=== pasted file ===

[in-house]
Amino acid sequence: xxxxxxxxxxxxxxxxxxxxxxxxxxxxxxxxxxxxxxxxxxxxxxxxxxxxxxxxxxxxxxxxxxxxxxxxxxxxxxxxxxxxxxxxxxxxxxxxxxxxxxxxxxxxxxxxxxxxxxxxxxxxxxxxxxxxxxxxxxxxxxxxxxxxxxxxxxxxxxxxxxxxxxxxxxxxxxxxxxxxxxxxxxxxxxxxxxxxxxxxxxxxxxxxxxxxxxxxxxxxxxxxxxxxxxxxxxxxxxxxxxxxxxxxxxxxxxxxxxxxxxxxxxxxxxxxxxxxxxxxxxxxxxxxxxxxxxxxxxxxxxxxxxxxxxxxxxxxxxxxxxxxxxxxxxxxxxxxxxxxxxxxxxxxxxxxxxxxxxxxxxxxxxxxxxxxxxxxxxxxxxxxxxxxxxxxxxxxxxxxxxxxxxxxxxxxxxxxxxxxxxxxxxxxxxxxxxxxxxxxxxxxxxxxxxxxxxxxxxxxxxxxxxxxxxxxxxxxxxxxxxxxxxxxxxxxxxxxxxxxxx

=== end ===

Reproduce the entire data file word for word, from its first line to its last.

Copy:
[in-house]
Amino acid sequence: xxxxxxxxxxxxxxxxxxxxxxxxxxxxxxxxxxxxxxxxxxxxxxxxxxxxxxxxxxxxxxxxxxxxxxxxxxxxxxxxxxxxxxxxxxxxxxxxxxxxxxxxxxxxxxxxxxxxxxxxxxxxxxxxxxxxxxxxxxxxxxxxxxxxxxxxxxxxxxxxxxxxxxxxxxxxxxxxxxxxxxxxxxxxxxxxxxxxxxxxxxxxxxxxxxxxxxxxxxxxxxxxxxxxxxxxxxxxxxxxxxxxxxxxxxxxxxxxxxxxxxxxxxxxxxxxxxxxxxxxxxxxxxxxxxxxxxxxxxxxxxxxxxxxxxxxxxxxxxxxxxxxxxxxxxxxxxxxxxxxxxxxxxxxxxxxxxxxxxxxxxxxxxxxxxxxxxxxxxxxxxxxxxxxxxxxxxxxxxxxxxxxxxxxxxxxxxxxxxxxxxxxxxxxxxxxxxxxxxxxxxxxxxxxxxxxxxxxxxxxxxxxxxxxxxxxxxxxxxxxxxxxxxxxxxxxxxxxxxxxxx